SAP hearing: Congress pushes for aid distribution efficiency

To identify the most efficient way for the Department of Social Welfare and Development (DSWD) in distributing financial assistance under the government’s Social Amelioration Program (SAP), the committee on good government and public accountability and the committee on public accounts of the House of Representatives conducted a hearing on June 23, 2020.

The House hearing seeks to investigate DSWD’s distribution of the first tranche of SAP worth PHP100 billion in financial aid for 18 million low-income households all over the country, P5,000 to P8,000 depending on the proposed subsidy in each region, under the Republic Act No. 11469 or Bayanihan to Heal as One Act.

The hearing included several representatives, DSWD undersecretaries, and regional directors. Committee chairman Rep. Jose Antonio Sy Alvarado said he did not include DSWD Sec. Rolando Bautista because the addressed inadequacies were at the level of regional implementation. As the inquiry aims to take a close look at possible wrongdoings and inefficiencies, Sec. Bautista is not included because he personally observed the secretary’s performance.

“Our objective for the hearing is simple – Congress wants to help DSWD fulfill the mandate given to them by the President, to assist the Filipino people in times of crisis,” Cayetano said.

Speaker Alan Peter Cayetano said among the deficiencies experienced by SAP beneficiaries during the 1st tranche of financial aid distribution were the following:

1. Bureaucratic with too many requirements and tedious process
2. Inadequate distribution
3. Slow distribution
4. Insensitive to vulnerable sectors (PWD, Seniors)
5. Problems on corruption
6. High risk of contracting Covid-19
7. Duplication of beneficiaries
8. Complaints posted on social media covered by mainstream media
9. Confusion among LGUs and barangays
10. Lack or breakdown of communication

Cayetano said the processes and requirements should be simplified to avoid delay of SAP benefits.

According to Cayetano, there is a need for house-to-house distribution, a transparent data monitoring system, an accessible grievance mechanism, and active coordination and communication among all stakeholders.

DSWD undersecretary Danilo Pamonag said “the major responsibility of the DSWD during the 1st tranche of the SAP was the transfer of the funds to the LGUs (local government units). The program was intended to assist the LGU’s and provide them the necessary resources in distributing the much-needed emergency subsidy to the 18-million low-income families.”

“As early as March 31, 2020, the DSWD started to distribute SAC (Social Amelioration Card) forms to some LGUs and this has provided an opportunity for them to determine the eligible beneficiaries in their areas based on the indicative allocation set by the economic cluster team,” Pamonag said.

According to Pamonag, the DBM (Department of Budget and Management) released an initial budget amounting to P100-billion on April 2, 2020. On the same day on April 2, 2020, DSWD Central Office downloaded funds to its Field Office NCR. On the next day, April 3, 2020, other DSWD Field Offices started to transfer funds to their respective LGUs.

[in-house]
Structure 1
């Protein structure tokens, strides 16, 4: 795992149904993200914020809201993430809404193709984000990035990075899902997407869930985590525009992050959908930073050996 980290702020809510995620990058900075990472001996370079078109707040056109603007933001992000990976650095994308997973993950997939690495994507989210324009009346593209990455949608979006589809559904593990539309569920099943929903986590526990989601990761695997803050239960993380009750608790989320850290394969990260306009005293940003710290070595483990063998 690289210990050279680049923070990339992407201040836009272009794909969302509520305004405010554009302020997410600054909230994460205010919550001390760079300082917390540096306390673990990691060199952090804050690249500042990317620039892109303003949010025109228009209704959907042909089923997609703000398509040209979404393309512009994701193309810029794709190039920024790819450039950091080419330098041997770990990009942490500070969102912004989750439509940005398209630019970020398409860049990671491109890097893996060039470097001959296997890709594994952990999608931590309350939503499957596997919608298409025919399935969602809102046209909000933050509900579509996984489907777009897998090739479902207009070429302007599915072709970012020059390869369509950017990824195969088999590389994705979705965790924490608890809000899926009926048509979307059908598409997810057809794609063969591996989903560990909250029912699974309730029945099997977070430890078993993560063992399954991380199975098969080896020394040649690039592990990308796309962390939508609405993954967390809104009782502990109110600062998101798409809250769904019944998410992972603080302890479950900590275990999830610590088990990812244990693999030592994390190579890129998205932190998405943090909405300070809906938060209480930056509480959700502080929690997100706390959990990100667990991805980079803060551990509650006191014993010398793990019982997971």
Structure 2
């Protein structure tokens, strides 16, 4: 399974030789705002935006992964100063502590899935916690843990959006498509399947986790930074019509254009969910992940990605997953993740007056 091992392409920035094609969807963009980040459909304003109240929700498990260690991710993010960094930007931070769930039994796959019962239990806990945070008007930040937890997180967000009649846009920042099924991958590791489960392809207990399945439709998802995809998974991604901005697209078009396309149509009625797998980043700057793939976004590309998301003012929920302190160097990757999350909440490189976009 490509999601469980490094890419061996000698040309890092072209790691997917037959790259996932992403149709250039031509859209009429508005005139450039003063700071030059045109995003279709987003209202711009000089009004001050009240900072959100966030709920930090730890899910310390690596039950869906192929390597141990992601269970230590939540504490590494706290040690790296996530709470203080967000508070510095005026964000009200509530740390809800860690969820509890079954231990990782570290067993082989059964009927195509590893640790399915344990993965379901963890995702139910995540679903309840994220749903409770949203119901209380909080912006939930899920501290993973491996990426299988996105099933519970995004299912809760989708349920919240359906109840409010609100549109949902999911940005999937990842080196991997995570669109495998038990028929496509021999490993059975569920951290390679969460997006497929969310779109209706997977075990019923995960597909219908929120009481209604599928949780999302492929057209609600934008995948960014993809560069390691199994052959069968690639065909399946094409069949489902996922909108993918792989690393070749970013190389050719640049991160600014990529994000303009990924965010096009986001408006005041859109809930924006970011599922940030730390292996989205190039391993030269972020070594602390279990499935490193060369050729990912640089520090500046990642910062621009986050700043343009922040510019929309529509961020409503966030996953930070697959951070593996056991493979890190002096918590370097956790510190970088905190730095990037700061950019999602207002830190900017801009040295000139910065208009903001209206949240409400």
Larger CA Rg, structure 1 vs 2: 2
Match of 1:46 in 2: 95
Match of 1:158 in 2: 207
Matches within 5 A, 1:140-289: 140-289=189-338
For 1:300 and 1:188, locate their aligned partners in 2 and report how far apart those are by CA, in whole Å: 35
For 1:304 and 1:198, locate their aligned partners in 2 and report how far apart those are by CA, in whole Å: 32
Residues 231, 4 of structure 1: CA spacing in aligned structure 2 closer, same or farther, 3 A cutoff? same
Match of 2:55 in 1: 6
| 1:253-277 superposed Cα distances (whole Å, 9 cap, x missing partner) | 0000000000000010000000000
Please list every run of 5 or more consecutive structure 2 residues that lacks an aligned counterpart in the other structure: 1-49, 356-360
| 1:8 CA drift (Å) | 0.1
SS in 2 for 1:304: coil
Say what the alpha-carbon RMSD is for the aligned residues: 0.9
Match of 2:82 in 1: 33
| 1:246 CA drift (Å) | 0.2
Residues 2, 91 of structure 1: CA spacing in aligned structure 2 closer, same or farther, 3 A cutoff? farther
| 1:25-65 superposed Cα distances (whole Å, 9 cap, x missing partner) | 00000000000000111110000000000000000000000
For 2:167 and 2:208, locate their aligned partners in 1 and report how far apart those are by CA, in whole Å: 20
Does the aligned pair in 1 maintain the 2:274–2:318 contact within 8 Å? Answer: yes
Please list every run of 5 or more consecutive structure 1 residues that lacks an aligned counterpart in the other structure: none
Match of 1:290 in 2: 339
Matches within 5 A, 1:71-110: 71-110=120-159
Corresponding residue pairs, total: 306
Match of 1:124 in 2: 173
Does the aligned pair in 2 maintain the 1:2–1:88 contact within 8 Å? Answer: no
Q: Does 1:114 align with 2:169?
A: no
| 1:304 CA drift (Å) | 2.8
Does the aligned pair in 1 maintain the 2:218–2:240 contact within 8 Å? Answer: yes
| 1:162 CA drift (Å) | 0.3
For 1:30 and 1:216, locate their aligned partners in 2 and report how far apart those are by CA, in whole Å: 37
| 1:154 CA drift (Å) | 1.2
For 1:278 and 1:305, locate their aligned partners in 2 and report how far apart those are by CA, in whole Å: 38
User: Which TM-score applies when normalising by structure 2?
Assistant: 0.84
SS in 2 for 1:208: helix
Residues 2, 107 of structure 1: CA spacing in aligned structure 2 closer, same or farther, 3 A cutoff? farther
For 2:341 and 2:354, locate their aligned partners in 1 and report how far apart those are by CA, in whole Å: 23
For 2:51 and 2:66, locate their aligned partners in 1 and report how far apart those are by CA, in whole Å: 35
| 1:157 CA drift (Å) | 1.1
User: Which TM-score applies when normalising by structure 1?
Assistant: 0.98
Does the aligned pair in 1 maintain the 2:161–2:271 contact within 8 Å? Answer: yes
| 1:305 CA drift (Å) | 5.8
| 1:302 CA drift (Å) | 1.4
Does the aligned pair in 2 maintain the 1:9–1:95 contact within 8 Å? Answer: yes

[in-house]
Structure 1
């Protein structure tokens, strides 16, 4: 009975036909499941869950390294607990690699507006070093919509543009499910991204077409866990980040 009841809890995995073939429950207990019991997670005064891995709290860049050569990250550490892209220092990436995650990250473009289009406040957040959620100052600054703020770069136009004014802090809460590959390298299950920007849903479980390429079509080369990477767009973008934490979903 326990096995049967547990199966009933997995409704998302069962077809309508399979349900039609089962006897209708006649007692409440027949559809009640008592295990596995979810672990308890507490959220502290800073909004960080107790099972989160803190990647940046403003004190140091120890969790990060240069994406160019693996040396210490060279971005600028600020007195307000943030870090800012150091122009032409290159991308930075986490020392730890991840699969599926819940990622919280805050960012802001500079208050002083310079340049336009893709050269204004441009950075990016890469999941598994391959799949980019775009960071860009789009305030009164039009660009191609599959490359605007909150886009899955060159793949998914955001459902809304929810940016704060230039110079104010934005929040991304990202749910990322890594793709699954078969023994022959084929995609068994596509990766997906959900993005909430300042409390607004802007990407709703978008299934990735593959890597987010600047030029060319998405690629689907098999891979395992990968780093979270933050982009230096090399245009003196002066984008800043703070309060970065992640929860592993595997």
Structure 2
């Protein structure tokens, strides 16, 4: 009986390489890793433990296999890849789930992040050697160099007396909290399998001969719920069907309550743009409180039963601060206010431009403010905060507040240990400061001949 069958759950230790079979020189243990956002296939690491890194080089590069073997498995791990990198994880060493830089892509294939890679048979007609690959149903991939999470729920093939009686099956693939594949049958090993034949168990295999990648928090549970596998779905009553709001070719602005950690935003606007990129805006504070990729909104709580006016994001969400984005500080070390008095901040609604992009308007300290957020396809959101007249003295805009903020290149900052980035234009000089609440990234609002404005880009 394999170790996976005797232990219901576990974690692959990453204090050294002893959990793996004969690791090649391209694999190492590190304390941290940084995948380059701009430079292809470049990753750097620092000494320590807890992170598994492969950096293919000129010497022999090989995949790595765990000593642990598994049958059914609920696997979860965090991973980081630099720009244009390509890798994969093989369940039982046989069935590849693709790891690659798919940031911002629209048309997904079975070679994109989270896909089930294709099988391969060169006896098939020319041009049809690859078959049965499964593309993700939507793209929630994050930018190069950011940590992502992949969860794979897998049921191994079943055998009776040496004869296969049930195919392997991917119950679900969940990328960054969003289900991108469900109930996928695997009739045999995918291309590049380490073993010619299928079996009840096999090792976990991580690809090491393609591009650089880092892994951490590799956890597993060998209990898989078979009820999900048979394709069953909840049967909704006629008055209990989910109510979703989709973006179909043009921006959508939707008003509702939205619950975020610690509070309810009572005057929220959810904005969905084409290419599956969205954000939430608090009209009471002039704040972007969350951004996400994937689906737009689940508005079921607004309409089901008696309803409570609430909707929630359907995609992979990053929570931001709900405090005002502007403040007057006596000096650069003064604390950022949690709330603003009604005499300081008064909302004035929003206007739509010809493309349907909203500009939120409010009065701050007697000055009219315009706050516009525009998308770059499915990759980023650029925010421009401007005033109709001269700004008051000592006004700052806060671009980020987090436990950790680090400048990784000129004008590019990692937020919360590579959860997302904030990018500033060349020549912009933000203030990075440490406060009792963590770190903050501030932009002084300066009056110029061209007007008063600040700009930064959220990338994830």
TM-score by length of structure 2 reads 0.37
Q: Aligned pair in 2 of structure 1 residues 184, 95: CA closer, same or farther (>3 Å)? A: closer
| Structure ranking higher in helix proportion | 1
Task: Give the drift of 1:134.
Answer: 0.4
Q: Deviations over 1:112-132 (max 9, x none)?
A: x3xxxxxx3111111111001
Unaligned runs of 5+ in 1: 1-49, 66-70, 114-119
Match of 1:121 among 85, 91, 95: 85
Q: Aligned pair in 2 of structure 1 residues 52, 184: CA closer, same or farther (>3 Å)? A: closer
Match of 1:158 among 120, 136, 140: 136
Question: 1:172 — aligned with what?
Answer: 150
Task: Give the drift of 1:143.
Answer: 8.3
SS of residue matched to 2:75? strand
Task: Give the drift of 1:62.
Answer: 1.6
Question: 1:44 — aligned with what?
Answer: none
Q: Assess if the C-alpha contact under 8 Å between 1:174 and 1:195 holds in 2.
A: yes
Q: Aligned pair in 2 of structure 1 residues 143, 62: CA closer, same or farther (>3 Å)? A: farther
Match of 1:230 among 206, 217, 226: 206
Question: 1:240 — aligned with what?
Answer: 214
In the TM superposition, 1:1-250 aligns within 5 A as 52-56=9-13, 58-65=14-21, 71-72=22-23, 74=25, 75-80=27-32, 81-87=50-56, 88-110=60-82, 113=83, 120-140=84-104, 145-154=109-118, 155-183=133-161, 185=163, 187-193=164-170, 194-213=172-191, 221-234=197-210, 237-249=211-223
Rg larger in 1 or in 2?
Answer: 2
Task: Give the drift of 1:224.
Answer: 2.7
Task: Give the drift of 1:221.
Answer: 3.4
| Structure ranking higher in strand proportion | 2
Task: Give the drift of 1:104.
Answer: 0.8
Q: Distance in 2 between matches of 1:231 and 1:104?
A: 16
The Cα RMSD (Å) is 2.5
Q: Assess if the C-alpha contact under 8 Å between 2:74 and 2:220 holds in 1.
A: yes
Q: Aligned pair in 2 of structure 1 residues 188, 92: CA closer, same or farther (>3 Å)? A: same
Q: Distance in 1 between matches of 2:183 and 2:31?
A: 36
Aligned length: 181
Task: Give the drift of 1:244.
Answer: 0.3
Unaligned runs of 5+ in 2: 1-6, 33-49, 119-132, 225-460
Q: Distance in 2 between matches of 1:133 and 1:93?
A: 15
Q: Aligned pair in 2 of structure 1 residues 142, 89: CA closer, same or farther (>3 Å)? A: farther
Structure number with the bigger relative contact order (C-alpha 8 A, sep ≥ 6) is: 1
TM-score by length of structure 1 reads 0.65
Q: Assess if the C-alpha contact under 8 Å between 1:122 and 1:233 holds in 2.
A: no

Pamonag said among the challenges encountered that caused delays in first tranche SAP distribution were the following:

1. The stringent validation process of LGUs in determining eligible beneficiaries amplified by grievances received on exclusion from SAP and the emergence of waitlisted beneficiaries caused by prioritization.

2. Difficulty and mobility constraints to geographically isolated and disadvantaged areas particularly in areas that needed sea and air transportation support in order to distribute cash aid.

3. Exposure to health risks forced SAP implementers to undergo 14-day quarantine that caused the postponement of cash distribution in some areas.

4. The presence of security threats including communist terrorist and Muslim clan wars led to the postponement of scheduled distribution of emergency subsidy in the areas.

With the numerous grievances received by the department, the inclusion of waitlist also known as “left out families” was advocated by the DSWD. More than 5 million additional households will be included in the second tranche raising the total to 23 million low-income families.

To expedite SAP beneficiaries’ data and utilize digital payment schemes to aid in contactless aid distribution, the DSWD partnered with the DICT (Department of Information and Communications Technology), USAID (United States Agency for International Development), and (DevConPH) Developers Connect Philippines in developing mobile application.

For the first tranche from April 5 to June 21, 2020, the DSWD has provided the subsidy to 17.6 million families utilizing P99.6-billion.

To date, 1,214 out of 1,526 (80%) LGUs have already completed and submitted SAP liquidation reports to the DSWD for post validation audits for duplication check through cross-matching databases of SAP implementing agencies.

Pamonag said the DSWD activated its agency operations center, established a website to post the names of SAP beneficiaries for transparency, and grievances address mechanisms to respond to complaints.

Committee vice-chairman Rep. Mike Defensor said concerned local government unit representatives should be included in the next hearing session to explain the causes of delays. (